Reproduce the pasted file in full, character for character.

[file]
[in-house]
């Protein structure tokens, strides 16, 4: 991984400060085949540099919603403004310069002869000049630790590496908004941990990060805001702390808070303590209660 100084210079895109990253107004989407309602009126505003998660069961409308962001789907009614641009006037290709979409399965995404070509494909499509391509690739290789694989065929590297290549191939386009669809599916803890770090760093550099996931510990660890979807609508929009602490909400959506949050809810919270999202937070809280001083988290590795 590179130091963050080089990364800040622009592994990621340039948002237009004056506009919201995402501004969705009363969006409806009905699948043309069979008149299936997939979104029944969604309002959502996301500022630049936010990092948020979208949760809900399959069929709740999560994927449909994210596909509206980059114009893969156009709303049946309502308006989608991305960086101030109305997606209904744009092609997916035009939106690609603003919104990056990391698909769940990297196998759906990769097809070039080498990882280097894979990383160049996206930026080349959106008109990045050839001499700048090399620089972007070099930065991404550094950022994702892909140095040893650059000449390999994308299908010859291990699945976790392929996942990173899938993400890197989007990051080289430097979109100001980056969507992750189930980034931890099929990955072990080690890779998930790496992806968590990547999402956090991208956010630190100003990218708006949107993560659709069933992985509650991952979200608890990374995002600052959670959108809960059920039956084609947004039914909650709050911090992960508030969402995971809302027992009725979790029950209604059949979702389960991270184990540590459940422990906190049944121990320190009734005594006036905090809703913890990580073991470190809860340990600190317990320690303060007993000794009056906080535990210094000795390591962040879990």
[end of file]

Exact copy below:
[in-house]
């Protein structure tokens, strides 16, 4: 991984400060085949540099919603403004310069002869000049630790590496908004941990990060805001702390808070303590209660 100084210079895109990253107004989407309602009126505003998660069961409308962001789907009614641009006037290709979409399965995404070509494909499509391509690739290789694989065929590297290549191939386009669809599916803890770090760093550099996931510990660890979807609508929009602490909400959506949050809810919270999202937070809280001083988290590795 590179130091963050080089990364800040622009592994990621340039948002237009004056506009919201995402501004969705009363969006409806009905699948043309069979008149299936997939979104029944969604309002959502996301500022630049936010990092948020979208949760809900399959069929709740999560994927449909994210596909509206980059114009893969156009709303049946309502308006989608991305960086101030109305997606209904744009092609997916035009939106690609603003919104990056990391698909769940990297196998759906990769097809070039080498990882280097894979990383160049996206930026080349959106008109990045050839001499700048090399620089972007070099930065991404550094950022994702892909140095040893650059000449390999994308299908010859291990699945976790392929996942990173899938993400890197989007990051080289430097979109100001980056969507992750189930980034931890099929990955072990080690890779998930790496992806968590990547999402956090991208956010630190100003990218708006949107993560659709069933992985509650991952979200608890990374995002600052959670959108809960059920039956084609947004039914909650709050911090992960508030969402995971809302027992009725979790029950209604059949979702389960991270184990540590459940422990906190049944121990320190009734005594006036905090809703913890990580073991470190809860340990600190317990320690303060007993000794009056906080535990210094000795390591962040879990």